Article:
48. As to the evidence relating to the other daughter, the judge was aware of the witness statement however the judge was correct to say that it had not been raised by the appellant in her witness statement as a concern or as an issue as to why care could not be provided by her daughter. At  the judge was aware that this had been related to the medical Dr however the witness statement of both daughters could properly be seen as direct evidence which could not be tested in cross-examination and therefore the judge was entitled to consider the evidence in terms of weight that he gave it. There was no evidence in the appellant's witness statement on this point.
49. Mr Bates referred to the submissions made on behalf of the appellant where it was argued that there had been no reference to that evidence is not however the judge did not say that, but it was a matter of weight given to the evidence. The appellant was not raising it as an issue of real concern and therefore the judge had regard to that point as the appellant was not raising it herself. The appellant's daughter did not give evidence directly and there was a lack of direct corroborative evidence concerning the move to Thailand as identified by the judge. Mr Bates submitted that the judge had pointed out that there was no corroboration from the appellant's husband to even confirm that he is in Thailand or that there was any genuine intention to move. In terms of the findings made they were open to the judge in the context of the burden being on the appellant but that the evidence was not sufficient to discharge that burden.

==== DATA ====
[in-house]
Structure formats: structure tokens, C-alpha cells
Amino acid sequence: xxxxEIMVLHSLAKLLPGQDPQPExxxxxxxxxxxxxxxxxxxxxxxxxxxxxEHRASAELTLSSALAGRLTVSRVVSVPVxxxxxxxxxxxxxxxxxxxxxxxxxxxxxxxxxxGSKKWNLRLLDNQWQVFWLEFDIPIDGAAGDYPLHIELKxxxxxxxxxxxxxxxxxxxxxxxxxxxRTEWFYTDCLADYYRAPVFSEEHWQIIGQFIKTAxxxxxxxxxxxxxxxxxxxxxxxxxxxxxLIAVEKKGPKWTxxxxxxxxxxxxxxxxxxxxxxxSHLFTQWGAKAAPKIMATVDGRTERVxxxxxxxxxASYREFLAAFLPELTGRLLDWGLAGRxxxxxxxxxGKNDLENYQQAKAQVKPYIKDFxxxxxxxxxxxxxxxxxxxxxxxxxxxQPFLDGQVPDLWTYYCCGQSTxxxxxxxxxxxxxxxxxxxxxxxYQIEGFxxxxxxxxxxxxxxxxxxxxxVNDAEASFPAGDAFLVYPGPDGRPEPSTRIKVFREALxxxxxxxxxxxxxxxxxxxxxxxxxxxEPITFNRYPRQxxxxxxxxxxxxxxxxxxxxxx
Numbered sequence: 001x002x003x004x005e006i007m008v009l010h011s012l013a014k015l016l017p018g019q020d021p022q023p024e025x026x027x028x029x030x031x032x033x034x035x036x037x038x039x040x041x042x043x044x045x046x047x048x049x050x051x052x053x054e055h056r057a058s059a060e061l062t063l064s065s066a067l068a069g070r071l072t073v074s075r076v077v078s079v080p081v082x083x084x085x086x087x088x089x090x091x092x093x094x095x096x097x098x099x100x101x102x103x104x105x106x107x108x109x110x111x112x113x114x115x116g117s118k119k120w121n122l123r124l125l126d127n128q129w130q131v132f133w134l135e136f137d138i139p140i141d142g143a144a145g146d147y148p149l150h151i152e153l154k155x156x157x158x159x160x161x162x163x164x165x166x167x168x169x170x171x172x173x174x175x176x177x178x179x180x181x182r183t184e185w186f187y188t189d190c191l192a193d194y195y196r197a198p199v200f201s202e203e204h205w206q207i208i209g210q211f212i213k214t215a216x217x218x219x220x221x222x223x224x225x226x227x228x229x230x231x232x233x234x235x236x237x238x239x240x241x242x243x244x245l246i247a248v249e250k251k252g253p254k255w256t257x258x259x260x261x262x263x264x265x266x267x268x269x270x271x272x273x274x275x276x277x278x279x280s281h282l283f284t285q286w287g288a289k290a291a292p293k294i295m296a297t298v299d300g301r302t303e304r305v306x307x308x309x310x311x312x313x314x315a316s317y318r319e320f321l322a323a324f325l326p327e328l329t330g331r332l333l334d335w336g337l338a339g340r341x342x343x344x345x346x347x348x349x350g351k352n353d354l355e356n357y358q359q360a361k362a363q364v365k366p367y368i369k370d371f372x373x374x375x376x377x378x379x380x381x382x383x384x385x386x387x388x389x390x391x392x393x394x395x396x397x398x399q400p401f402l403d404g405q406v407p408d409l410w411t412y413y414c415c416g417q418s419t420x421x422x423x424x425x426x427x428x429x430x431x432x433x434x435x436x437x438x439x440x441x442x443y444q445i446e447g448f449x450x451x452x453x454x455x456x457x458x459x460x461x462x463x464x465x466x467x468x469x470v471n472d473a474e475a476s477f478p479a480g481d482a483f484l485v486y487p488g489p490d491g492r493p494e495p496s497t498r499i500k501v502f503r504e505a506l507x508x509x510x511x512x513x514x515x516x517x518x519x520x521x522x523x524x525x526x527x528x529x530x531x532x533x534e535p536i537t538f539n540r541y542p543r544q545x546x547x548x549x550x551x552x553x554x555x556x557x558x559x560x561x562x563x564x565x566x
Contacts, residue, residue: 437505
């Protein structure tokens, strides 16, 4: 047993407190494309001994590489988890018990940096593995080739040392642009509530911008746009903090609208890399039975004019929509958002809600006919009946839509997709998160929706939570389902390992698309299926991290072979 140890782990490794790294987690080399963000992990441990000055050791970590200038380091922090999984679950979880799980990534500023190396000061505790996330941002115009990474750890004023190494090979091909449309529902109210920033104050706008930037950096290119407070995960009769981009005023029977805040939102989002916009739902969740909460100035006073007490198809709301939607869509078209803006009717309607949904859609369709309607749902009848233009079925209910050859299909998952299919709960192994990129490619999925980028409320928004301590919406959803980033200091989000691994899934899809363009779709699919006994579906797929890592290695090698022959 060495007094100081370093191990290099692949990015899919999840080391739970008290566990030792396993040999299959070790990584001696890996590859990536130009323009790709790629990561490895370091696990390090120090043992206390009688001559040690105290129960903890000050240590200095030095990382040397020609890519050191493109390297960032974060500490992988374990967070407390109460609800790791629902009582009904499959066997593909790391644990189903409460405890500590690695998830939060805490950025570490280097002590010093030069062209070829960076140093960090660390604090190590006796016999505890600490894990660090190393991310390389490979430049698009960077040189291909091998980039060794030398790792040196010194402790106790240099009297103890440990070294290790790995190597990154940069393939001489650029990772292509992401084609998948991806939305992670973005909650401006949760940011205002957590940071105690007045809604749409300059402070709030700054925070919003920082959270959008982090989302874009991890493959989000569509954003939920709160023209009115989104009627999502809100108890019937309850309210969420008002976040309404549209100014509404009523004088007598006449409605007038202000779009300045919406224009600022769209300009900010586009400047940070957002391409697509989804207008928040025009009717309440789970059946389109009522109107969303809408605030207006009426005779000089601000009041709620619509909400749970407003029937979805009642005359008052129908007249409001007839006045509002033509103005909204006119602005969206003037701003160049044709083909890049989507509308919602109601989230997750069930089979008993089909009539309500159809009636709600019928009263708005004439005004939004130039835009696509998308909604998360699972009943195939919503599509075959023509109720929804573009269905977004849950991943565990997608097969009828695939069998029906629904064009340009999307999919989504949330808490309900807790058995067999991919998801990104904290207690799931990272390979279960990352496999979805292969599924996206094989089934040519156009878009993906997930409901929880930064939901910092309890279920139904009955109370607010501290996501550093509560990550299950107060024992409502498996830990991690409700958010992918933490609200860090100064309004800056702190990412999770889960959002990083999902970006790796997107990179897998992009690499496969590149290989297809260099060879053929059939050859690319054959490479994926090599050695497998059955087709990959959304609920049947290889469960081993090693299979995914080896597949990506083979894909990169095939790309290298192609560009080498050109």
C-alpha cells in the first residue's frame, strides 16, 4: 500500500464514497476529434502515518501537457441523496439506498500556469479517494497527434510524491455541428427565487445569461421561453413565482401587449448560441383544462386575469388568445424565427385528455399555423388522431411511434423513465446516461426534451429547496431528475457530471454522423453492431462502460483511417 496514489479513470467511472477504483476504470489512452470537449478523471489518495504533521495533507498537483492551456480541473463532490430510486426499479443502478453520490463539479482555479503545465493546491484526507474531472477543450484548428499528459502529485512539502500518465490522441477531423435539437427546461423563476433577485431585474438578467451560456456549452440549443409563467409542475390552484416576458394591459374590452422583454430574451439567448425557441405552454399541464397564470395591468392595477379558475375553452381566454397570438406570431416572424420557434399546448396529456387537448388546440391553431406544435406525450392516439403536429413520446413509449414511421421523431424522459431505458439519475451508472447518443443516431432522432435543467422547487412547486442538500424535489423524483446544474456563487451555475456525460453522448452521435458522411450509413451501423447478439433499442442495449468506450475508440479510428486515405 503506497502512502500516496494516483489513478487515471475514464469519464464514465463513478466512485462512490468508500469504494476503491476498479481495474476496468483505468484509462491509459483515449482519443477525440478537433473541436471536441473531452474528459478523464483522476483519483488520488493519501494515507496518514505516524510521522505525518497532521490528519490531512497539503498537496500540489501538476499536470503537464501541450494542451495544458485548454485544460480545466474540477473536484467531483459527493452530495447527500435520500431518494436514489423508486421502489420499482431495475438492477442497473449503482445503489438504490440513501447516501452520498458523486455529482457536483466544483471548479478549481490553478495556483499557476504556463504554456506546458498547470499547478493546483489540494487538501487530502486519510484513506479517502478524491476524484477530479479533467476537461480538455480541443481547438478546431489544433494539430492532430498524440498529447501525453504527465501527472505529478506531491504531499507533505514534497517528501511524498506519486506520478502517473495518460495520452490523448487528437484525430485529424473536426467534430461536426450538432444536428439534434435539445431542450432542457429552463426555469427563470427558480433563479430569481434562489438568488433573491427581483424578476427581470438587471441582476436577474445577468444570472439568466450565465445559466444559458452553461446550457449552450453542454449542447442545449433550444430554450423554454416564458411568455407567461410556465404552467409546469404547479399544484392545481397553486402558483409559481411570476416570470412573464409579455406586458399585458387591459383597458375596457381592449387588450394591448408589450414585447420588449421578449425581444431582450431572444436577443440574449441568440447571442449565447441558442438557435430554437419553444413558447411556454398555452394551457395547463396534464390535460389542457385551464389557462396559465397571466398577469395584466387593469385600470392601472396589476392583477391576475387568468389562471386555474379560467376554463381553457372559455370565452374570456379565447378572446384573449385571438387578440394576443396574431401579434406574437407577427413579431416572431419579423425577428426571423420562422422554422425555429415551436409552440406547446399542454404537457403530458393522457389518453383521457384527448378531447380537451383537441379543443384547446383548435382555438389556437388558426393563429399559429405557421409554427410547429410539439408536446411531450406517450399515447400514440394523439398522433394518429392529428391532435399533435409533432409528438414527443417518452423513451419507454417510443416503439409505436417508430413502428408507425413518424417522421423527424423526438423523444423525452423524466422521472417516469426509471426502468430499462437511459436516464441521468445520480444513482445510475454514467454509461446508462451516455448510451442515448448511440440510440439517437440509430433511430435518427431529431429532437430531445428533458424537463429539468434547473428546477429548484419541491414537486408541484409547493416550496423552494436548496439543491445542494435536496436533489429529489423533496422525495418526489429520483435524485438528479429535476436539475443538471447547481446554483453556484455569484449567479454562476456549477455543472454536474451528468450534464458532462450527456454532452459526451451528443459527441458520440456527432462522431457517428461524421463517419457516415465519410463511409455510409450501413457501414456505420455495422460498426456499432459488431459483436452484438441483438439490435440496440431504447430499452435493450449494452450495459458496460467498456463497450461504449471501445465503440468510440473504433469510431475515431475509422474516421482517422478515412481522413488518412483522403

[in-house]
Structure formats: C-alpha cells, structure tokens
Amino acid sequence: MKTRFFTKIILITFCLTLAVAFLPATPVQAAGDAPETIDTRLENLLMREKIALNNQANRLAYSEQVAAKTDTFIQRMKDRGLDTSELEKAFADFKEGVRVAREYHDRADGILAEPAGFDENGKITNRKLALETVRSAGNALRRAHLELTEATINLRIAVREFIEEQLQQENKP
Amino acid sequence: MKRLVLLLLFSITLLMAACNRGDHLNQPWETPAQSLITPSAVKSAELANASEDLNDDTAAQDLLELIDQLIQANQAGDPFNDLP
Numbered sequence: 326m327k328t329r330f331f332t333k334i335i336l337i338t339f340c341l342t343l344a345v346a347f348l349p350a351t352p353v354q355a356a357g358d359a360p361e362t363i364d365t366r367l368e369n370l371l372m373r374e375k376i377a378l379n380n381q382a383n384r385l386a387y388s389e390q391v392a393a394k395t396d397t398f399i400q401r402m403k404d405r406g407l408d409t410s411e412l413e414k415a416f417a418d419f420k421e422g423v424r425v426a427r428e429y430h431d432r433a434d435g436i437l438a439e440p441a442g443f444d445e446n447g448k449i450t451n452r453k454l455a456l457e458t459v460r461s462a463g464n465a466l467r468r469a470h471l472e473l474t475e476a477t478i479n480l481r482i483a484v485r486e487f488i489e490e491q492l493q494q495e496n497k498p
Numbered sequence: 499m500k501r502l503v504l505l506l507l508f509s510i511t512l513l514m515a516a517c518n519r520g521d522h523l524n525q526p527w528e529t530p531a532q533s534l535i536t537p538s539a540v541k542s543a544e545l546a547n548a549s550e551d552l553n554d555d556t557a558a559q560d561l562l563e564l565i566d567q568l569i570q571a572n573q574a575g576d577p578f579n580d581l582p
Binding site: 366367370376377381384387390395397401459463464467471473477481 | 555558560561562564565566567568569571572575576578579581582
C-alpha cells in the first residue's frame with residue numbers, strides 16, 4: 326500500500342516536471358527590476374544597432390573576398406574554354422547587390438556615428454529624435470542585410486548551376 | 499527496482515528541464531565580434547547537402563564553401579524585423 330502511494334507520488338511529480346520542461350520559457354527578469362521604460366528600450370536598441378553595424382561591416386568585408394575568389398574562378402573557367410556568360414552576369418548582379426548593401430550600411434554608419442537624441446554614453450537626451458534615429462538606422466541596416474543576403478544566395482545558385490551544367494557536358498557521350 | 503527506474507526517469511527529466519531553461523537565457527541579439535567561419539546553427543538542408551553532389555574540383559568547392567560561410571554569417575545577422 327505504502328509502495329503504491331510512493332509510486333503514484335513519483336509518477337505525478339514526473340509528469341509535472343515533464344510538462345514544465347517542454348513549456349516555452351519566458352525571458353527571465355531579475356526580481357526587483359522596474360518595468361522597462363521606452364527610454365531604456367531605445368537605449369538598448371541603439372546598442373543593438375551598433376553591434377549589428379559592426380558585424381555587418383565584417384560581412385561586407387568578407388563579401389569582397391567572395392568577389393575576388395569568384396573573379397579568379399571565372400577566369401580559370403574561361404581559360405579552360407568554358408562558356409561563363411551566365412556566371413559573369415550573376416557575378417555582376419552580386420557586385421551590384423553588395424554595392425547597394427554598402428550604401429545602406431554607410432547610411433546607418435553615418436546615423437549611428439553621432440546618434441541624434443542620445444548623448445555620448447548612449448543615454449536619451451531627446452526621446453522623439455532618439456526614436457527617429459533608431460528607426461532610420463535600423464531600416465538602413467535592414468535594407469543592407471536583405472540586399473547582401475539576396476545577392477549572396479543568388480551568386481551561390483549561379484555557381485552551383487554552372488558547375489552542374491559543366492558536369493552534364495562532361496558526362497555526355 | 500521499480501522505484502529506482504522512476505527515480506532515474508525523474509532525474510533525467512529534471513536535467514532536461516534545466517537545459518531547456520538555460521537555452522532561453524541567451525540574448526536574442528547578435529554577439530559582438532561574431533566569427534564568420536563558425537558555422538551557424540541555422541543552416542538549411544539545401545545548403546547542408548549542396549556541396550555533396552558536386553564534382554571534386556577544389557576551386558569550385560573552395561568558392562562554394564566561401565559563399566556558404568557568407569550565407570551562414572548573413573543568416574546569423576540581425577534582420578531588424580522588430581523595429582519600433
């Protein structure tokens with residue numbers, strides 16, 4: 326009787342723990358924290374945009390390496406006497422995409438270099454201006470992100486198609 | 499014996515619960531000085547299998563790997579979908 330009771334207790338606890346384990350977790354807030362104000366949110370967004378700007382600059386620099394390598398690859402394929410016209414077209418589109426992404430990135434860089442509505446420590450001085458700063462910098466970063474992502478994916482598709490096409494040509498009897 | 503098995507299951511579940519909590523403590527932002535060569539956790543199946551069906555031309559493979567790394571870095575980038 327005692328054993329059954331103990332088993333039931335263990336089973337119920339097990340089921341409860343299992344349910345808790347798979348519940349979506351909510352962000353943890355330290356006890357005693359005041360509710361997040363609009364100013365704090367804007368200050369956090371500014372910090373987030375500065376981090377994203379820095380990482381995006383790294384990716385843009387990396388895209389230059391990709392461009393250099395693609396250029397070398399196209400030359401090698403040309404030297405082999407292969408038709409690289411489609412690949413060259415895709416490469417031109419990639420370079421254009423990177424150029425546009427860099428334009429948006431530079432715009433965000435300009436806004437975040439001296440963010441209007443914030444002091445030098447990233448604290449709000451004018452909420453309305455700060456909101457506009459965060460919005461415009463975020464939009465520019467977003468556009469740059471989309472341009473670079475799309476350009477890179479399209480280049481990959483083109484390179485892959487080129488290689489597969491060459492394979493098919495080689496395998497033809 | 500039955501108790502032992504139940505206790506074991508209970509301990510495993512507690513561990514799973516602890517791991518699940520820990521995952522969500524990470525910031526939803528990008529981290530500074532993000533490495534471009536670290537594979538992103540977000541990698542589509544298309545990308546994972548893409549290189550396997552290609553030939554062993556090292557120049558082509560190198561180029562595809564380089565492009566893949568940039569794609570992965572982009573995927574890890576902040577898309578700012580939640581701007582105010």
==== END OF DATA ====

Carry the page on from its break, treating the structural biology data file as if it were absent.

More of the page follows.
50. As to the rule 15 (2A) application, Mr Bates submitted that it was an inappropriate application and the evidence had not been put before the FTT.
51. He submitted that the submission made that there was procedural unfairness, on the basis that there had been no issue raised by the respondent about the appellant's daughter, was not a submission or ground that had been raised in the grounds of challenge. If that was to be relied upon it should have been part of the grounds but was not.
52. He further submitted the burden of proof was on the appellant and the appellant provided evidence late and was inadequate. He submitted that it was significant that the evidence now is being sought to reduce was not adduced before the judge and it was a tacit acknowledgement that the evidence was in fact inadequate before the judge. This was also evidenced by the submission made that the present evidence now sought to be admitted "filled the gaps". He submitted that the admission of evidence cannot retrospectively establish an error in this way. By attempting to perfect the evidence by introducing new evidence as a result of the inadequacy of the other evidence demonstrates that the new material should not be admitted. It cannot be said that there was a failure to address the evidence given before the judge. It might be relevant to remaking but it cannot establish an error of law.
53. He submitted that the appellant knew what their case was based on the 2 daughters not being able to provide care and therefore it was reasonable to assume that that evidence would be required to have some support to it rather than a mere assertion. The judge therefore could not be criticised by taking the evidence as it was, and the judge was not satisfied that the evidence was sufficiently reliable to attach weight to it as the appellant would wish. Weight was a matter for the judge and the reasons given were not irrational or perverse.